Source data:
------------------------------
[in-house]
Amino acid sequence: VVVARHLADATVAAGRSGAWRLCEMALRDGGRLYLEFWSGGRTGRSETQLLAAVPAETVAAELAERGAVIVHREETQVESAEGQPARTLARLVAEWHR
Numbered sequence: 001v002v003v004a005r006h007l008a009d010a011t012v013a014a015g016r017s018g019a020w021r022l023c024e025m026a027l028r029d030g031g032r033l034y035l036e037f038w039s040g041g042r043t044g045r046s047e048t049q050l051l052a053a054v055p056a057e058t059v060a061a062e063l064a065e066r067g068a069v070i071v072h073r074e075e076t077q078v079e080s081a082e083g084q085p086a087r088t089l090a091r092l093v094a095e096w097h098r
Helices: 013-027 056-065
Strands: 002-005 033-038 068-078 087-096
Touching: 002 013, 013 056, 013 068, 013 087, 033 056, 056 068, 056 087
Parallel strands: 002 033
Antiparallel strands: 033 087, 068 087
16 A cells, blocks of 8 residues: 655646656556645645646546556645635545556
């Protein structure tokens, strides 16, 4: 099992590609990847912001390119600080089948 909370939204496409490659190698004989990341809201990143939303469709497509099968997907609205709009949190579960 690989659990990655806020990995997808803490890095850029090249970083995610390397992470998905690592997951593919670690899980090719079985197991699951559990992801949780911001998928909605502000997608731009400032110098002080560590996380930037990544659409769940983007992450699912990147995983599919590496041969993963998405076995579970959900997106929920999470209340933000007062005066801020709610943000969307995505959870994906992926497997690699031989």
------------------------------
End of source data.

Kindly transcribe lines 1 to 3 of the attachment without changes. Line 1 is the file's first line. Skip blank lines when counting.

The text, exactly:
[in-house]
Amino acid sequence: VVVARHLADATVAAGRSGAWRLCEMALRDGGRLYLEFWSGGRTGRSETQLLAAVPAETVAAELAERGAVIVHREETQVESAEGQPARTLARLVAEWHR
Numbered sequence: 001v002v003v004a005r006h007l008a009d010a011t012v013a014a015g016r017s018g019a020w021r022l023c024e025m026a027l028r029d030g031g032r033l034y035l036e037f038w039s040g041g042r043t044g045r046s047e048t049q050l051l052a053a054v055p056a057e058t059v060a061a062e063l064a065e066r067g068a069v070i071v072h073r074e075e076t077q078v079e080s081a082e083g084q085p086a087r088t089l090a091r092l093v094a095e096w097h098r